CHRIS WARD is also aware that a number of residents do not want to see their neighborhoods to change and who fear density will transform their communities for the worse. Yet, Ward pointed to projects such as La Boheme in North Park and the Atlas at Hillcrest as developments that have breathed new life to their immediate neighborhoods. “These projects were in the highest-density range,” he said. “There is a knee-jerk reaction about growth and change,” Ward said. “Often it is shortsighted. There is a real void in senior housing and care, for instance. We must make our neighborhoods work for young and old.” Ward hopes the current City Council will approve the three CPUs this year before the new council is seated in December, and he observes that the North Park and Golden Hill updates are “closer to something that is acceptable by all stakeholders.” He does not think the Uptown update has a similar consensus among stakeholders. “The good news is that all three of our CPUs are showing that when you run these analyses on paper that there is a sign of improvement in transit uses in the future,” he said. The city’s ambitious Climate Action Plan (CAP) mandates the city slash its carbon footprint in half by 2035 by committing to 100 percent clean energy and zero waste. It also requires at least 30 percent of the population to bike, walk or take public transit to work. In order to achieve this goal, city officials are urging higher-density projects to be built along major bus and trolley lines. During his term with Uptown Planners, Ward often found himself in the middle of two very verbal sides. The majority largely opposed density, favored height restrictions, and wanted density projects to be located on the west side of Park Boulevard to match up with North Park’s vision for the east side of Park Boulevard. The minority mostly objected to restrictions on height and density, especially in the core of Hillcrest, saying that was the only way to encourage affordable housing and revive that community. Ward recalled one Uptown Planners meeting in which the members were debating three options, and everyone was getting riled up over density. “There was about a 1.5 percent variation in housing units in the three options,” Ward recalled. “They were actually arguing over a couple hundred units over the course of build-out.” Reviewing the three CPUs, Ward sees good, workable plans. He likes the transportation and mobility elements, says the “land-use plan as a whole is looking good,” and urges “for the greater good of the city to get these plans approved and implemented.” To those who fear change, Ward points out that the 1988 plan, which was hailed as visionary in its time, never was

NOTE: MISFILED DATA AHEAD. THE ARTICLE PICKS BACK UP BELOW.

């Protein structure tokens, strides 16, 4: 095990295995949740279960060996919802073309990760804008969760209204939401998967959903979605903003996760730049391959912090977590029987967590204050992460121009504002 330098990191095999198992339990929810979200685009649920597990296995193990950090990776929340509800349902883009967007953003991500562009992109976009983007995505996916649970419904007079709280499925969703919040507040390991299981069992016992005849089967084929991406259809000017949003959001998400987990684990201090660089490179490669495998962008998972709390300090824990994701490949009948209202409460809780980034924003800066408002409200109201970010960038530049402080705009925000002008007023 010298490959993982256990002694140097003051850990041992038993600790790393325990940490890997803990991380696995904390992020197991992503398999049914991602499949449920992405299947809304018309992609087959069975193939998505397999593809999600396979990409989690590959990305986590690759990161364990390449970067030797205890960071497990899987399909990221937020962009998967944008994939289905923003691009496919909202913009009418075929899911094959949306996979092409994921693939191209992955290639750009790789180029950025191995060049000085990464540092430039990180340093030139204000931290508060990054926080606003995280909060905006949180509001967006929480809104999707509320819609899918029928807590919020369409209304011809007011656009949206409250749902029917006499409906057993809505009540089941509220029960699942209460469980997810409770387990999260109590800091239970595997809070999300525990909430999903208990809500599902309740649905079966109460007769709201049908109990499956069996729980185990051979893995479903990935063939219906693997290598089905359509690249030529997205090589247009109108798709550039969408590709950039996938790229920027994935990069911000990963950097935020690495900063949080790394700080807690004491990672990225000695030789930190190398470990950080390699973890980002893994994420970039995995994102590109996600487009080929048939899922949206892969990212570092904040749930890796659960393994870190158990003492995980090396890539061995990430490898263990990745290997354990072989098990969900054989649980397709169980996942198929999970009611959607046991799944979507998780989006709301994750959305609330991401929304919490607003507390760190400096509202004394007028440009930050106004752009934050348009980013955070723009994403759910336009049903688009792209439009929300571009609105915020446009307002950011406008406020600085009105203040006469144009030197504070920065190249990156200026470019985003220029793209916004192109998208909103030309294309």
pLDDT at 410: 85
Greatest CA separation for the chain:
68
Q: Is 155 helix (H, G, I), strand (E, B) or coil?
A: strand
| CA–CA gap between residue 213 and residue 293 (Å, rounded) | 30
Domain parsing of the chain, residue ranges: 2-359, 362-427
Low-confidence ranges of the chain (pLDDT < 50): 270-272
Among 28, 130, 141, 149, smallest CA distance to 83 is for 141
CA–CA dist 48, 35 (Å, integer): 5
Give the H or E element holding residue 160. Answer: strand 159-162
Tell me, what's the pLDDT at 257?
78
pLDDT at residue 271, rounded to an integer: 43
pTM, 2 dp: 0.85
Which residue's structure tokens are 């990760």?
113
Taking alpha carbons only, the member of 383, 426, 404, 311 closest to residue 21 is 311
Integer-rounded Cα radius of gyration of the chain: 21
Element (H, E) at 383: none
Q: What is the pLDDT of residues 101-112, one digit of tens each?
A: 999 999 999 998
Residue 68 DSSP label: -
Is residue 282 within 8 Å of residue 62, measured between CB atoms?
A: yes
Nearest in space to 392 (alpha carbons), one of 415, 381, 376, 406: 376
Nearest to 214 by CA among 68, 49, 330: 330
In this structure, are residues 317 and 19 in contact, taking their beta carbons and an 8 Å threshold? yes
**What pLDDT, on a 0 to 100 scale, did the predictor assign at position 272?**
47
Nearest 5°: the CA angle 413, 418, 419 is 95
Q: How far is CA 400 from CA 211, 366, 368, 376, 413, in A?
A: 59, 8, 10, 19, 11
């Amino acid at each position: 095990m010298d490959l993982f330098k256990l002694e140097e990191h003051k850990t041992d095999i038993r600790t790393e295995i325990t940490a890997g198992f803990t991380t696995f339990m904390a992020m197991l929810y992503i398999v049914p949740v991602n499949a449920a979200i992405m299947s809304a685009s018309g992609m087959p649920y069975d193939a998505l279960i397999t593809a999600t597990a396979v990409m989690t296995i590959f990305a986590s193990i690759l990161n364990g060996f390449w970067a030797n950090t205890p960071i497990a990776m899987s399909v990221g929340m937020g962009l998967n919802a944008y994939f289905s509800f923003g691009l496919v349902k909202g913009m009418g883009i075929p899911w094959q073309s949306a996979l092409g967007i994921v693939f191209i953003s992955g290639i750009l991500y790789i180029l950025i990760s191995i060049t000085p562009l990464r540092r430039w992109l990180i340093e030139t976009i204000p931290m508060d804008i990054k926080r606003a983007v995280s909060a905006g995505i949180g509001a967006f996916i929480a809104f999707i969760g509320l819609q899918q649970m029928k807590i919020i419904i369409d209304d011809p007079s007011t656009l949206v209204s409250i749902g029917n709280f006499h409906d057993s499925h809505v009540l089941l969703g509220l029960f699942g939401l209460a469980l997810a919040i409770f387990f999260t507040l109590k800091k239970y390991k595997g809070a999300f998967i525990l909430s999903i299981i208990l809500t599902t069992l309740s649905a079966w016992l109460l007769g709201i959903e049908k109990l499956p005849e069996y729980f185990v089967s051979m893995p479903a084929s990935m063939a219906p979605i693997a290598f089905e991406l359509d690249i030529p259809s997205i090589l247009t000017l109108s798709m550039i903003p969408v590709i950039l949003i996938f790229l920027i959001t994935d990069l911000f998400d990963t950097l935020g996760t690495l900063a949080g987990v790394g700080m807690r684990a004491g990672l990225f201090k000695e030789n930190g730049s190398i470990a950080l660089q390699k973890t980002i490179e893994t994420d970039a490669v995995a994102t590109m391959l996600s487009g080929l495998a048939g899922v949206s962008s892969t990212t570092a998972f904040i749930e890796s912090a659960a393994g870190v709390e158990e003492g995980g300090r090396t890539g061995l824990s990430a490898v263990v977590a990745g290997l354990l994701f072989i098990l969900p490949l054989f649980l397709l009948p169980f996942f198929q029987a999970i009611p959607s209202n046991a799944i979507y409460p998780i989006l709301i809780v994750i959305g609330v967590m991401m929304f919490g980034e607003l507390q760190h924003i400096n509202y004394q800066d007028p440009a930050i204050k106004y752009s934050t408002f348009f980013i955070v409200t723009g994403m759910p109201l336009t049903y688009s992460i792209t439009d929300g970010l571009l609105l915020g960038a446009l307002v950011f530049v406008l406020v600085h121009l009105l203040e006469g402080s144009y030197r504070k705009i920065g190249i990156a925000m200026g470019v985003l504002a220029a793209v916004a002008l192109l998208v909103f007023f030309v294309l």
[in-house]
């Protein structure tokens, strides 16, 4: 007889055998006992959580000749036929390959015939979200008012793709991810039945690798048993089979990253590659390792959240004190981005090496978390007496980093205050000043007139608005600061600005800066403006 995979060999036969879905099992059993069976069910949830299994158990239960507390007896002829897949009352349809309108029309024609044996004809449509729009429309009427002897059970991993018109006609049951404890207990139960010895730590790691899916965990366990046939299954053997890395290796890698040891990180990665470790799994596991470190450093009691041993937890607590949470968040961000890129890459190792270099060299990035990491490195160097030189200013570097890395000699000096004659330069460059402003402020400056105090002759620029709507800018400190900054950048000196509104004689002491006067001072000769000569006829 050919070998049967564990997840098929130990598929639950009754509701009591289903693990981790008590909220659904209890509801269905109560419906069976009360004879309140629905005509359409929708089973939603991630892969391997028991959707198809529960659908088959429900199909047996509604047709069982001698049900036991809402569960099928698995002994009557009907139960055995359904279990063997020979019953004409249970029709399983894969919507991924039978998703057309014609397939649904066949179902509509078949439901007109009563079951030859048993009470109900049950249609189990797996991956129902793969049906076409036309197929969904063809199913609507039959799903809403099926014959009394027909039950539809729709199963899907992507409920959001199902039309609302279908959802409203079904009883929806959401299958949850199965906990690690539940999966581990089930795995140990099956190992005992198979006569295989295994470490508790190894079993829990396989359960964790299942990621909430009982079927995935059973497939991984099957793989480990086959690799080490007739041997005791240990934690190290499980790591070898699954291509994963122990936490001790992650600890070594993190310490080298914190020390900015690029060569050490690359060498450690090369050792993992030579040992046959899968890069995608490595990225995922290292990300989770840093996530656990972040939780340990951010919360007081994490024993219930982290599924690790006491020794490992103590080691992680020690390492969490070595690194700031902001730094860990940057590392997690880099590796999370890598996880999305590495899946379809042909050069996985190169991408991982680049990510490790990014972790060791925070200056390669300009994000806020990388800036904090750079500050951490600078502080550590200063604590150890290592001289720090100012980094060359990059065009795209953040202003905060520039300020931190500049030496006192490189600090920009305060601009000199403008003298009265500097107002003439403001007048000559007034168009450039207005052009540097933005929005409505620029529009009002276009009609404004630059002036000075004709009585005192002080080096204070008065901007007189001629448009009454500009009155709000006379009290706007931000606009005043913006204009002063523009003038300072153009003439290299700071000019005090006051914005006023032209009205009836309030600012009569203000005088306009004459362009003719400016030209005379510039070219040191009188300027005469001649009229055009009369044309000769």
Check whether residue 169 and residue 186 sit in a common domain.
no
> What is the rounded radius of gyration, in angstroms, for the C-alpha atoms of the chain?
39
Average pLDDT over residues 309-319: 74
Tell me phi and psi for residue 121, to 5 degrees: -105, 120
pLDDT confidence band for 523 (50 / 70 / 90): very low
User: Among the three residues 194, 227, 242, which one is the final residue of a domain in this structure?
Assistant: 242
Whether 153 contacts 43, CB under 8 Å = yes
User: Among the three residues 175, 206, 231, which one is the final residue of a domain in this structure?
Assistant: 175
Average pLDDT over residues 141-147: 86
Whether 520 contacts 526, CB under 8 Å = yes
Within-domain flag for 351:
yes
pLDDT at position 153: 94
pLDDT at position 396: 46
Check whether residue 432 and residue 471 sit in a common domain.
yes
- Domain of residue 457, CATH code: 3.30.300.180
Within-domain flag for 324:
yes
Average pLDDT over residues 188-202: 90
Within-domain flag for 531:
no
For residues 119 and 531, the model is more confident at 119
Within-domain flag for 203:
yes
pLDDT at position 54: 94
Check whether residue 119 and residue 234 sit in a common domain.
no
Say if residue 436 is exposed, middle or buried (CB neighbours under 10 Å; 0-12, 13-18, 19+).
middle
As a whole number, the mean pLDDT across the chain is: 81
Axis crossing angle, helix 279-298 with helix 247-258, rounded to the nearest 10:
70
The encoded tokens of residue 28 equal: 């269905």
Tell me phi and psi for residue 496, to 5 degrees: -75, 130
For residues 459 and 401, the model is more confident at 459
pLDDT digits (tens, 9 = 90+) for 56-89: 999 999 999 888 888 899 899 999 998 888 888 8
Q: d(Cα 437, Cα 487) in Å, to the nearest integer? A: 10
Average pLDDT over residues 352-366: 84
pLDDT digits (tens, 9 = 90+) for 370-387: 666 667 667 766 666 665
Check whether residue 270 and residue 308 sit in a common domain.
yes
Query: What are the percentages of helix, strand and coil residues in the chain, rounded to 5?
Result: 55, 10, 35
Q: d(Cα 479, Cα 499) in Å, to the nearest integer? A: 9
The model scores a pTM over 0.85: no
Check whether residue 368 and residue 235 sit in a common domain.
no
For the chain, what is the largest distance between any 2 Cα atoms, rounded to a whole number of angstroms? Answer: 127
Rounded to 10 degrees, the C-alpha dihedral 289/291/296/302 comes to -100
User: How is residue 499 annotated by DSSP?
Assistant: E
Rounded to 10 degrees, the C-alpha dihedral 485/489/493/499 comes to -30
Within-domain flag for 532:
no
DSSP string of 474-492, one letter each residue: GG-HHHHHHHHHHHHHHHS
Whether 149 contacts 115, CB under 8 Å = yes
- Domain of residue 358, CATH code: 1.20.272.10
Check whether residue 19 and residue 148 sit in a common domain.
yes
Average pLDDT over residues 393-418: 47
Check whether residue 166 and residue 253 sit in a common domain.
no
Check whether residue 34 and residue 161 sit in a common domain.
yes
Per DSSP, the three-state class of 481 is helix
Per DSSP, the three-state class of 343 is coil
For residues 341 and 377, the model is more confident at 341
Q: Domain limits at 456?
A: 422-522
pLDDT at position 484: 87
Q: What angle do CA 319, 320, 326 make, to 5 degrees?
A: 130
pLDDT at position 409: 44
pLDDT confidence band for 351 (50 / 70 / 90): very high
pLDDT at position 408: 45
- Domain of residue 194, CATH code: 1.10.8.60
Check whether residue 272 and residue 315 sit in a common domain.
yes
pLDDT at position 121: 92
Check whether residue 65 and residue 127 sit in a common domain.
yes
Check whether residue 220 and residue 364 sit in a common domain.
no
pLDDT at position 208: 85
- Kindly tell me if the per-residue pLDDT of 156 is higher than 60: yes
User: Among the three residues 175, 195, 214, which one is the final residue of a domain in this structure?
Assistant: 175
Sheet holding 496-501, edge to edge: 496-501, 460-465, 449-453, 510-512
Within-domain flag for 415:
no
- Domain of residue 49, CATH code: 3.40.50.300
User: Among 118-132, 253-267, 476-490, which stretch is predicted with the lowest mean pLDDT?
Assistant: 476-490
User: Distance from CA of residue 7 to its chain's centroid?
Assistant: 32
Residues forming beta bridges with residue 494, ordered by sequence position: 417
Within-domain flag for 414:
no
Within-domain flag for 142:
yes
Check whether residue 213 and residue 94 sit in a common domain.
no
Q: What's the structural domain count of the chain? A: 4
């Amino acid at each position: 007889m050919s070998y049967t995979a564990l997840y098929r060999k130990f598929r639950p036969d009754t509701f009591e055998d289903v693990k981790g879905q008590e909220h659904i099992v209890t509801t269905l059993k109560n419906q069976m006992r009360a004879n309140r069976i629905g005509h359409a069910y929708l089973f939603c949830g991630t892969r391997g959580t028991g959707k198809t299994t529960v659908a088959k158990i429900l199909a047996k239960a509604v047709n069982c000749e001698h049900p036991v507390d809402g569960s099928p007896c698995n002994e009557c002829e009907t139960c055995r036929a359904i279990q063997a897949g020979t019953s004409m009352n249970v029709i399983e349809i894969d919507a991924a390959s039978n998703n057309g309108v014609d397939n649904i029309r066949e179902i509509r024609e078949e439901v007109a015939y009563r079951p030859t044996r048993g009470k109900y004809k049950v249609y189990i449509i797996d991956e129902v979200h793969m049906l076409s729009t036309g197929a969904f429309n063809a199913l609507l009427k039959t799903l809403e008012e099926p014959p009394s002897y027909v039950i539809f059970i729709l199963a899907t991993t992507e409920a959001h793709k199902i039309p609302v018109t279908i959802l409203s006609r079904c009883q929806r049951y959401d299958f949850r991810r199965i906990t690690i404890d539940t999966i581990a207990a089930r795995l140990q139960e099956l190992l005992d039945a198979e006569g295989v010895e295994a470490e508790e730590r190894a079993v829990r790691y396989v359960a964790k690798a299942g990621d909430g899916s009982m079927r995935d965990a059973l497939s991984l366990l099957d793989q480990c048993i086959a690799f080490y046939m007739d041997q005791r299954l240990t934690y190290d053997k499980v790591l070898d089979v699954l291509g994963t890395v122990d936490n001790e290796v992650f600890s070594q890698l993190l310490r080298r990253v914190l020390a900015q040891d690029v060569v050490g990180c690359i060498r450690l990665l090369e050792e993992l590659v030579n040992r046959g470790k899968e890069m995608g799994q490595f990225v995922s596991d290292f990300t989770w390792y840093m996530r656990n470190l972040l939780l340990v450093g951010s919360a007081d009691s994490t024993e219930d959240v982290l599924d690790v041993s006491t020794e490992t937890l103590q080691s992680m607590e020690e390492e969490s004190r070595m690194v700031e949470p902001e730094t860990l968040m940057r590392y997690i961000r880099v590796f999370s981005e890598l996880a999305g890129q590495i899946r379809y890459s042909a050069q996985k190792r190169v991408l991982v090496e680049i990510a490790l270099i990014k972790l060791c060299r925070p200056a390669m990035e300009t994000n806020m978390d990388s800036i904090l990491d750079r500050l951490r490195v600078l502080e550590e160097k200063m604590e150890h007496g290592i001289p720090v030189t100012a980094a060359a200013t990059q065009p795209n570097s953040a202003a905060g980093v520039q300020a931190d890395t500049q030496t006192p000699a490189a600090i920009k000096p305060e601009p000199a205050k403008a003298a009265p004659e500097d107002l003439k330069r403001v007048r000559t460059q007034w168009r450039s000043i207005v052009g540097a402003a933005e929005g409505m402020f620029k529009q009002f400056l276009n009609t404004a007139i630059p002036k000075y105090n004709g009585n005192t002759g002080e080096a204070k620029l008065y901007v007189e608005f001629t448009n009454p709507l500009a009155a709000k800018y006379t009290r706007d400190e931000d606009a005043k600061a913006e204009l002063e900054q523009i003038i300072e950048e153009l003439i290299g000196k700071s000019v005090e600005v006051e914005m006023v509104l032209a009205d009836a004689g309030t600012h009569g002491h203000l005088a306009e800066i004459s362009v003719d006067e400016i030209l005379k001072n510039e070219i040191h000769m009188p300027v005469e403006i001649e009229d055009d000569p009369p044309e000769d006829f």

fully realized. “This is planning for the next 20 years,” he said. “Some people think there will be this radical change in 12 months. No, it’s a long-term vision for our communities.” Ward said community concern that the city is not keeping up with infrastructure is valid, but also notes that the line of thinking about preventing development before infrastructure is in place doesn’t work either. He vowed to fight to make sure District 3 gets its fair share of transit dollars. The San Diego Association of Governments (SANDAG) has placed Measure A on the ballot this November, saying that it will accelerate transit projects and acquire additional open spaces throughout the county. Voters are being asked to raise the sales tax by a halfcent to raise $18 billion over the next 40 years. Of that sum, $4.3 billion will be funneled back to local communities for upgrades and repairs. SANDAG officials said Measure A would speed up


Chris Ward (white shirt behind sign) and his supporters (Courtesy of Chris Ward campaign) several major transit projects, including the Purple light-rail line from San Ysidro on the Mexican border to the employment centers in Carmel Valley, roughly via Interstate 805. That would connect the eastern edge of District 3 with the trolley system. Additionally, the North Park and Uptown CPUs document SANDAG’s plans to build a trolley from Downtown up Park Boulevard to El Cajon

Boulevard, and east to SDSU, by 2035; a streetcar from Downtown to Hillcrest via Fourth, Fifth and University avenues and Park Boulevard, by 2020; and a streetcar on 30th Street from Adams Avenue to Downtown, by 2035. Ward said he was “big on public transit” and would push during his term to get projects started earlier than planned. “I hope we can break ground on the Park Boulevard trolley line

during my term,” he said. “There is so much community interest.” Part II will run Nov. 4 in Uptown News. —Ken Williams is editor of San Diego Uptown News and can be reached at or at 619-961-1952. Follow him on Twitter at @ KenSanDiego, Instagram at @KenSD or Facebook at KenWilliamsSanDiego. v

San diego uptown news 10 21 16  
San diego uptown news 10 21 16